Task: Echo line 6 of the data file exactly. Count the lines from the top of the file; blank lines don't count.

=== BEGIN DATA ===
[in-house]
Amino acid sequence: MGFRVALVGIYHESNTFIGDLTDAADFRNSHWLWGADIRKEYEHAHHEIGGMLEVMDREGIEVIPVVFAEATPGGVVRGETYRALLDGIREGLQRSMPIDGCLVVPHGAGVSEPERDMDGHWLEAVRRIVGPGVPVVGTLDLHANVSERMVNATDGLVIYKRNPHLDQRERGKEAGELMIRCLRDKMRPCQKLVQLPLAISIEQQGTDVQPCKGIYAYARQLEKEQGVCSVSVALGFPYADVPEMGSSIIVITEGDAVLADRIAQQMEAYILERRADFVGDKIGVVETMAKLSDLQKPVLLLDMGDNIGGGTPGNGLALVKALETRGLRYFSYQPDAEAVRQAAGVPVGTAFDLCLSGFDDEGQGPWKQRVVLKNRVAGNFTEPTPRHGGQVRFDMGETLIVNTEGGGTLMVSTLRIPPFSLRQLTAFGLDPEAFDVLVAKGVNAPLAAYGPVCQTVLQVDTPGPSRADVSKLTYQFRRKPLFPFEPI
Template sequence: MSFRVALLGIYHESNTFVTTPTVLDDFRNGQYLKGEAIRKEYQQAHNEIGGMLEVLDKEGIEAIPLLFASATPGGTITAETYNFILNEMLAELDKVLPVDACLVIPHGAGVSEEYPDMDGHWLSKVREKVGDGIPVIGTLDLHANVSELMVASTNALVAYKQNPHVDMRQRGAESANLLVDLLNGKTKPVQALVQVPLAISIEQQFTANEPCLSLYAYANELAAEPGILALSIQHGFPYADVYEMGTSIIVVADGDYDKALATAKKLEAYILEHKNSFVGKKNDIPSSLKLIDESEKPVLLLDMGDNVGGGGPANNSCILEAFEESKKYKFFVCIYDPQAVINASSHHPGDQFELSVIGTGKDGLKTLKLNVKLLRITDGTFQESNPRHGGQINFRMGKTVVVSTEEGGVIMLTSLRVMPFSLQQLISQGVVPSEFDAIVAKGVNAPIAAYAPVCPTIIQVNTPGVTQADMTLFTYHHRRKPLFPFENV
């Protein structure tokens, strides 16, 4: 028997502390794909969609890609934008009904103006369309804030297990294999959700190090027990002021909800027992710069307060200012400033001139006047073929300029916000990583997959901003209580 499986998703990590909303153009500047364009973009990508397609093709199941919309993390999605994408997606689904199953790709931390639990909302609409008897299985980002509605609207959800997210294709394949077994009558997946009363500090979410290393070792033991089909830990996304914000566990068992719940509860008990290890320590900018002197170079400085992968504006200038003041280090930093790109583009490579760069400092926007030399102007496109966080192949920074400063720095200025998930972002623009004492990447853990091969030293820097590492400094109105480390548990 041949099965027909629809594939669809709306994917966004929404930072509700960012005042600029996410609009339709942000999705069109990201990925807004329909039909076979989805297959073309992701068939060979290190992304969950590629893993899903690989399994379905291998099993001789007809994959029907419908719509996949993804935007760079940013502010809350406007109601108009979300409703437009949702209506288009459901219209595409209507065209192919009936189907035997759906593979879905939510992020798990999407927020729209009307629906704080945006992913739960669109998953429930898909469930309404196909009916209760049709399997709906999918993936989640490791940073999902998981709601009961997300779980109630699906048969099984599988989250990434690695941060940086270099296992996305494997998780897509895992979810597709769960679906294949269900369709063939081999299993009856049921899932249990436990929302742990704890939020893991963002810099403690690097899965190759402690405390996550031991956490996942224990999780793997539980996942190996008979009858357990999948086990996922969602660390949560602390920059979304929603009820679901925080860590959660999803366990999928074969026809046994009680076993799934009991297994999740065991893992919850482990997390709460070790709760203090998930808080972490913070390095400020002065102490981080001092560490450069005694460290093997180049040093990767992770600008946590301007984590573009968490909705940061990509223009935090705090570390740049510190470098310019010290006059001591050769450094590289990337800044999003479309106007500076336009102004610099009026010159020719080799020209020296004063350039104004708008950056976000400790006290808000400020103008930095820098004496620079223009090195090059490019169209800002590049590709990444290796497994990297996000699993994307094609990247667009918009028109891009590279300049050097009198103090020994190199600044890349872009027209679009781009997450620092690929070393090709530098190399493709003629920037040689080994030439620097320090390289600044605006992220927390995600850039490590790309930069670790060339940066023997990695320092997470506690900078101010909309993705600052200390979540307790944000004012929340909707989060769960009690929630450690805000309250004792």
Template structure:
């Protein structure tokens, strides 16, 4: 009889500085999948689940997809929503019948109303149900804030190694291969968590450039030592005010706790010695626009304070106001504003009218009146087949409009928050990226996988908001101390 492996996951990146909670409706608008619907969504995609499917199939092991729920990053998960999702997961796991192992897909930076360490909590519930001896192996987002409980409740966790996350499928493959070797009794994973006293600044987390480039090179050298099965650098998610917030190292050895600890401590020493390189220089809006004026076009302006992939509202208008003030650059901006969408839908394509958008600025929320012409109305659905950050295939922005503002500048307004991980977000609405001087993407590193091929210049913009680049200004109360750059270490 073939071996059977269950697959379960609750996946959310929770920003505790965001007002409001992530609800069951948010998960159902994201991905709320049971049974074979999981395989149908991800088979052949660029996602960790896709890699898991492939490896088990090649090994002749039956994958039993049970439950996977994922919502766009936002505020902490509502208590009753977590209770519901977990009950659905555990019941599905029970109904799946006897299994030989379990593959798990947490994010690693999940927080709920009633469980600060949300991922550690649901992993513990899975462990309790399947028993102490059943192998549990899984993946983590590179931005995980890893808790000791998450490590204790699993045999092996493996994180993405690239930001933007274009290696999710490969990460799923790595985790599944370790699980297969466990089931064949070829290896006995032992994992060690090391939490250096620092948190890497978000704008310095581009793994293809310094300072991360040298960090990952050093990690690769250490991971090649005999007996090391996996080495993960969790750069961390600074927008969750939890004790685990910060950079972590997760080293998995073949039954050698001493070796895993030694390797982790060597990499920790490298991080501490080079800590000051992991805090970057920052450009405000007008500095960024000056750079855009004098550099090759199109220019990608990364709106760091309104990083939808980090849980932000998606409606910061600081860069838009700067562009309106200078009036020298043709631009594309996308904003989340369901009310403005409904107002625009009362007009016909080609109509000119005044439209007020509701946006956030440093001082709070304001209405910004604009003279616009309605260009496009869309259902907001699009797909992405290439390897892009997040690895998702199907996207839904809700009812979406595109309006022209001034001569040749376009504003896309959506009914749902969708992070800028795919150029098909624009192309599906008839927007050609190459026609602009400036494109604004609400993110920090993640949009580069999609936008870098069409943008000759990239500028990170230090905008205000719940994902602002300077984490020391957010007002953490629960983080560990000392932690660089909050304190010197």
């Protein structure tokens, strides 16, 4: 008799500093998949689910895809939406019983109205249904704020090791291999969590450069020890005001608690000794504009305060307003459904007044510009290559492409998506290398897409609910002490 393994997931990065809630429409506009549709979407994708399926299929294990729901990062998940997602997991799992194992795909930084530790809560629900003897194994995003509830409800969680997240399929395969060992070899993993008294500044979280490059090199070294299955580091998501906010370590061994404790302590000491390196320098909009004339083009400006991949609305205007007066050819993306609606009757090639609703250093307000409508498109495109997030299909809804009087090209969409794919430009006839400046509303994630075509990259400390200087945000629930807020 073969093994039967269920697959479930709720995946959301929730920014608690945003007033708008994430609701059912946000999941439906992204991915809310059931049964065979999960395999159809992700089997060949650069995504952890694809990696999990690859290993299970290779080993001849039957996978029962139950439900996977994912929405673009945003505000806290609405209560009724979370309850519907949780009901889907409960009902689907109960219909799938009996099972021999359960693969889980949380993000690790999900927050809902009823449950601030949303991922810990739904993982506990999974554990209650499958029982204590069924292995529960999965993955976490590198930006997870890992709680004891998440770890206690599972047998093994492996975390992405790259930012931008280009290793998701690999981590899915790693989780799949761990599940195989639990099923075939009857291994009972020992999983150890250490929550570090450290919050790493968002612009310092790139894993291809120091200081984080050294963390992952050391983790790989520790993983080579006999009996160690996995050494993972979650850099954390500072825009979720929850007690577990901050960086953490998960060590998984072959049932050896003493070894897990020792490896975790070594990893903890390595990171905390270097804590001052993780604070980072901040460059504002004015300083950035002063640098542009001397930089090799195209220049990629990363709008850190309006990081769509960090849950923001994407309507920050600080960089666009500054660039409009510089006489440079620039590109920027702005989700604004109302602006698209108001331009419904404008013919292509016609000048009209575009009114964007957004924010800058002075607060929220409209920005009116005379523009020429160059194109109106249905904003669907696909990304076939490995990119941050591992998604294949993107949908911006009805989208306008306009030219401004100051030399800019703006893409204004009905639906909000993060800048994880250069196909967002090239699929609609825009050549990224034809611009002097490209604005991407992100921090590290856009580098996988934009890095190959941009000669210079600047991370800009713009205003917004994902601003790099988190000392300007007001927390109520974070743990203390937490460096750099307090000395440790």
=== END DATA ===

């Protein structure tokens, strides 16, 4: 009889500085999948689940997809929503019948109303149900804030190694291969968590450039030592005010706790010695626009304070106001504003009218009146087949409009928050990226996988908001101390 492996996951990146909670409706608008619907969504995609499917199939092991729920990053998960999702997961796991192992897909930076360490909590519930001896192996987002409980409740966790996350499928493959070797009794994973006293600044987390480039090179050298099965650098998610917030190292050895600890401590020493390189220089809006004026076009302006992939509202208008003030650059901006969408839908394509958008600025929320012409109305659905950050295939922005503002500048307004991980977000609405001087993407590193091929210049913009680049200004109360750059270490 073939071996059977269950697959379960609750996946959310929770920003505790965001007002409001992530609800069951948010998960159902994201991905709320049971049974074979999981395989149908991800088979052949660029996602960790896709890699898991492939490896088990090649090994002749039956994958039993049970439950996977994922919502766009936002505020902490509502208590009753977590209770519901977990009950659905555990019941599905029970109904799946006897299994030989379990593959798990947490994010690693999940927080709920009633469980600060949300991922550690649901992993513990899975462990309790399947028993102490059943192998549990899984993946983590590179931005995980890893808790000791998450490590204790699993045999092996493996994180993405690239930001933007274009290696999710490969990460799923790595985790599944370790699980297969466990089931064949070829290896006995032992994992060690090391939490250096620092948190890497978000704008310095581009793994293809310094300072991360040298960090990952050093990690690769250490991971090649005999007996090391996996080495993960969790750069961390600074927008969750939890004790685990910060950079972590997760080293998995073949039954050698001493070796895993030694390797982790060597990499920790490298991080501490080079800590000051992991805090970057920052450009405000007008500095960024000056750079855009004098550099090759199109220019990608990364709106760091309104990083939808980090849980932000998606409606910061600081860069838009700067562009309106200078009036020298043709631009594309996308904003989340369901009310403005409904107002625009009362007009016909080609109509000119005044439209007020509701946006956030440093001082709070304001209405910004604009003279616009309605260009496009869309259902907001699009797909992405290439390897892009997040690895998702199907996207839904809700009812979406595109309006022209001034001569040749376009504003896309959506009914749902969708992070800028795919150029098909624009192309599906008839927007050609190459026609602009400036494109604004609400993110920090993640949009580069999609936008870098069409943008000759990239500028990170230090905008205000719940994902602002300077984490020391957010007002953490629960983080560990000392932690660089909050304190010197």